Feb 2015 - Irish Hotels Federation

Joint Committee on Transport and Communications
3rd February 2015
- Presentation from the Irish Hotels Federation -
Chairman, Deputies and Senators. Thank you for inviting the Irish Hotels Federation to address the
joint Committee on Transport and Communications on this critical national issue.
The Irish Hotels Federation, founded in 1937, is the national representative organisation of the hotel
and guesthouse sector in Ireland. We are a key stakeholder in Irish tourism.
Tourism is one of Ireland’s largest indigenous industries and provides almost 205,000 jobs –
equivalent to 11 per cent of total employment in the country. It accounts for almost 4 per cent of
gross national product. With 54,000 people directly employed by hotels and guesthouses across
every county and town, the hotels sector is playing a critical role in contributing to recovery in the
tourism industry and the wider economy.
We believe the potential sale of Aer Lingus would have enormous implications for the tourism
industry and indeed the wider economy given the unique challenges Ireland faces as a small island
on the edge of the Atlantic with no passing footfall.
Maintaining strong levels of connectivity with our international markets is of vital importance. As
such, the IHF has serious concerns about the sale of Aer Lingus and the prospect of its Heathrow
slots being re-allocated to other routes down the line.
Let there be no doubt about what is at stake. Any agreement that fails to safeguard these slots for
Irish routes would have serious consequences for the longterm prospects of our national tourism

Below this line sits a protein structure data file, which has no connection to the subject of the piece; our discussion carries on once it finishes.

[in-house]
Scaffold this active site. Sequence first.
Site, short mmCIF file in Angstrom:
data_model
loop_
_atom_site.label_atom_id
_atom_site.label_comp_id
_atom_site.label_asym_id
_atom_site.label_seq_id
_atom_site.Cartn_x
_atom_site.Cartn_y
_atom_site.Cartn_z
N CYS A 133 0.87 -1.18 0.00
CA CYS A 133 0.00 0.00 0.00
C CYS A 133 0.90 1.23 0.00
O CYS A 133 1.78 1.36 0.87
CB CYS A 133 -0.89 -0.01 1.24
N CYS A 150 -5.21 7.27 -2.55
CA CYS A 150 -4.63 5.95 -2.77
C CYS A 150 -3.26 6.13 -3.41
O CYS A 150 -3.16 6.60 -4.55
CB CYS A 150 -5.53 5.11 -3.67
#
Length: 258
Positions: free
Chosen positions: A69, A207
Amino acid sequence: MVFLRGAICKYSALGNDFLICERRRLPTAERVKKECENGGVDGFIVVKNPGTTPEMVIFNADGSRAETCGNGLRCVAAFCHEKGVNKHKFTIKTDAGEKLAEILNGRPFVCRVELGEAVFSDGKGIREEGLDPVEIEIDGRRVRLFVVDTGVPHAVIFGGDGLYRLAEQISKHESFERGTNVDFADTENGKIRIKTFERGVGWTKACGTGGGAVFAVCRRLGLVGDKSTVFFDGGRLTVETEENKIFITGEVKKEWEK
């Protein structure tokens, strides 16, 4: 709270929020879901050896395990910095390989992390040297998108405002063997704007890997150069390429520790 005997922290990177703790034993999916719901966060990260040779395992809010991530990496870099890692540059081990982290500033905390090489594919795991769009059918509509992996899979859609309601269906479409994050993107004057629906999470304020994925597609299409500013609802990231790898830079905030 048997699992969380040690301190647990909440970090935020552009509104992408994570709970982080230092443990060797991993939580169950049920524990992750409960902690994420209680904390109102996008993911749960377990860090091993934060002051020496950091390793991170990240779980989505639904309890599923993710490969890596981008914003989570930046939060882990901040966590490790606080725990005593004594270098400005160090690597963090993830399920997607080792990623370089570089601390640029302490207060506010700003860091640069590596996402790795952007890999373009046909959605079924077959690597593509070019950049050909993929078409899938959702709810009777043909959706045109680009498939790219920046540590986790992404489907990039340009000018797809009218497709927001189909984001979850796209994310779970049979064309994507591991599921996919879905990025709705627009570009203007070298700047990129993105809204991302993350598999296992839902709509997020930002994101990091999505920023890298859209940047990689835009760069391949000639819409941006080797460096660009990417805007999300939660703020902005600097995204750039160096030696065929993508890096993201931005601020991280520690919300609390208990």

product. The future loss of these slots is a very real risk for Ireland given the constraints currently
faced by Heathrow Airport, which is now at full capacity.
In light of the critical strategic importance of these slots, it is imperative that the Government
secures contractual rights to determine their use as part of any potential sale of the State's interest
in the airline. In this regard, we support the recent commitment from the Government to seek a
‘permanent and cast-iron guarantee’ in respect of connectivity for Shannon, Cork and Dublin
The temporary, five-year arrangement proposed by IAG is entirely unacceptable and needs to be a
permanent commitment if any sale is to be considered by the Government.
From a regional perspective, the Shannon and Cork Heathrow slots are crucial in terms of providing
tourism and business links directly into the South and West of Ireland. The figures speak for
themselves: in 2014, passenger numbers between Shannon Airport and Heathrow stood at 233,000
while passengers between Cork and Heathrow stood at 400,000.
The loss of the slots would be detrimental for national tourism, business employment and the ability
of the West and South regions to attract multi-national investment and sustain economic growth.
Given the stakes involved, it is imperative that the Government use its shareholding to protect these
valuable slots in the national interest. Any other course of action would be short-sighted.
Chairman, thank you for the opportunity to address this Joint Oireachtas Committee. We look
forward to addressing any matters that the members may wish to raise.